My first group workshop, as I remember, involved floor work—movements done while lying on mats—as well as lessons accomplished in the standing position. Though verbally directed and precise, these movements were also highly varied and creative, emphasizing personal exploration.
As a Chinese martial artist with decades of experience, I realized experientially then and there that what Anat was teaching could be deeply useful to me—both in my daily discipline and in life.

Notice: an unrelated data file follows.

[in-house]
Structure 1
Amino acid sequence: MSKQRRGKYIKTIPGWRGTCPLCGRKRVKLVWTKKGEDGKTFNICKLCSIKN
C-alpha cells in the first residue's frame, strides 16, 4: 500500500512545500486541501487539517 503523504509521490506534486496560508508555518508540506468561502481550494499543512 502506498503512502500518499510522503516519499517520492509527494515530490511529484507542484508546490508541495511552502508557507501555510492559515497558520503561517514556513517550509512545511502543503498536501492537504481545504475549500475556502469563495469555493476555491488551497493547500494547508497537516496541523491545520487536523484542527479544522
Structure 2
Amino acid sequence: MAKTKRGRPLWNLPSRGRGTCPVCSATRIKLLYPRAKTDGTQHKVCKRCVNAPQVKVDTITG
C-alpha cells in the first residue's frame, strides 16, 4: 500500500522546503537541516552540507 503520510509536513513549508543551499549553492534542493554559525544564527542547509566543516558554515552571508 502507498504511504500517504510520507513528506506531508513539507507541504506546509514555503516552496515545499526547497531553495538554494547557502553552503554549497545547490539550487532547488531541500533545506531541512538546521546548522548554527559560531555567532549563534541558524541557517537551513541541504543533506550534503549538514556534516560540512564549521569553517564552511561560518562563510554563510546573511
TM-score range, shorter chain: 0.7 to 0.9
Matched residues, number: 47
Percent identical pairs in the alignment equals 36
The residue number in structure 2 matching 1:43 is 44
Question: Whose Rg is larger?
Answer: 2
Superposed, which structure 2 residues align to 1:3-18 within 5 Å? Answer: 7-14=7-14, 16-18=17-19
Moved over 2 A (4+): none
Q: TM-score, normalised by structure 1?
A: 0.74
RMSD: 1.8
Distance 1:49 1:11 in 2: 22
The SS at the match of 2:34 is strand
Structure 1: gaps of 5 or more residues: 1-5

It quickly dawned on me that this was a way of learning optimal skeletal movement through recruiting brain and nervous system as co-partners.
Never before had I experienced such highly pleasurable, liberating movement—movement stripped “to the bone” through the elimination of personal chatter and interfering habitual patterns.
Yes, the method was science-based—integrating body, mind, and feeling. That made the results highly predictable.
But so also was the spontaneous magic. The magic came in the healing.
In such a context, healing flows by itself.